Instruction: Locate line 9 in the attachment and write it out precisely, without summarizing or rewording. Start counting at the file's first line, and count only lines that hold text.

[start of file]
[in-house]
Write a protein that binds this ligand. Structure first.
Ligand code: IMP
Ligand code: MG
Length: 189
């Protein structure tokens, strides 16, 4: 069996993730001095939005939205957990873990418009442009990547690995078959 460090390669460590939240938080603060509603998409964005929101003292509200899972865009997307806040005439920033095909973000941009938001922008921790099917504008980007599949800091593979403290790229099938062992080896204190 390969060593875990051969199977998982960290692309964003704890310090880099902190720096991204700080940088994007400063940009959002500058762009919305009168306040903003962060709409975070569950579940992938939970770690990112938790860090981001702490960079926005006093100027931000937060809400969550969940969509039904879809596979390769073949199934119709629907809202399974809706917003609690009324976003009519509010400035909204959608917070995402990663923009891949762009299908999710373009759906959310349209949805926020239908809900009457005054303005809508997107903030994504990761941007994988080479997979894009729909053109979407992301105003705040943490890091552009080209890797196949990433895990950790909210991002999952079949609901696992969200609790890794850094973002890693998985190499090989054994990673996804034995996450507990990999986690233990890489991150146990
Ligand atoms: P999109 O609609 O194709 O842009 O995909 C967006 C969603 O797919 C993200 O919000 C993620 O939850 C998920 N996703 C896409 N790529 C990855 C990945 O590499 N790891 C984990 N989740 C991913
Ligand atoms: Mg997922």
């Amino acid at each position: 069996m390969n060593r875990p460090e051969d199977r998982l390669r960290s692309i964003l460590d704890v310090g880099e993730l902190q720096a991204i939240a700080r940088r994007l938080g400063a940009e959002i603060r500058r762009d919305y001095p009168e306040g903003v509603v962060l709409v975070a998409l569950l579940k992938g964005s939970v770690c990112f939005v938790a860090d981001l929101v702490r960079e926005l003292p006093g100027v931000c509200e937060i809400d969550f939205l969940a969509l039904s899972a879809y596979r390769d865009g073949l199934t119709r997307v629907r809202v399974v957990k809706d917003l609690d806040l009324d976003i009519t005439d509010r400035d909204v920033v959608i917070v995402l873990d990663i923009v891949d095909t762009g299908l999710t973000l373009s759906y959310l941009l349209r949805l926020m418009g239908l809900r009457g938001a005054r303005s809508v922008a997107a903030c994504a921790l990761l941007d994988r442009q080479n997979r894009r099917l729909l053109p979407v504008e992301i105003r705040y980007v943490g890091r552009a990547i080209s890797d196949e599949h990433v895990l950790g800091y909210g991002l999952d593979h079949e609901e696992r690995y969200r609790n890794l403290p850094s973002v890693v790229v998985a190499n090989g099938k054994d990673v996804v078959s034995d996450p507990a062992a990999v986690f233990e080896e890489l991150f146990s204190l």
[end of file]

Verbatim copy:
């Amino acid at each position: 069996m390969n060593r875990p460090e051969d199977r998982l390669r960290s692309i964003l460590d704890v310090g880099e993730l902190q720096a991204i939240a700080r940088r994007l938080g400063a940009e959002i603060r500058r762009d919305y001095p009168e306040g903003v509603v962060l709409v975070a998409l569950l579940k992938g964005s939970v770690c990112f939005v938790a860090d981001l929101v702490r960079e926005l003292p006093g100027v931000c509200e937060i809400d969550f939205l969940a969509l039904s899972a879809y596979r390769d865009g073949l199934t119709r997307v629907r809202v399974v957990k809706d917003l609690d806040l009324d976003i009519t005439d509010r400035d909204v920033v959608i917070v995402l873990d990663i923009v891949d095909t762009g299908l999710t973000l373009s759906y959310l941009l349209r949805l926020m418009g239908l809900r009457g938001a005054r303005s809508v922008a997107a903030c994504a921790l990761l941007d994988r442009q080479n997979r894009r099917l729909l053109p979407v504008e992301i105003r705040y980007v943490g890091r552009a990547i080209s890797d196949e599949h990433v895990l950790g800091y909210g991002l999952d593979h079949e609901e696992r690995y969200r609790n890794l403290p850094s973002v890693v790229v998985a190499n090989g099938k054994d990673v996804v078959s034995d996450p507990a062992a990999v986690f233990e080896e890489l991150f146990s204190l």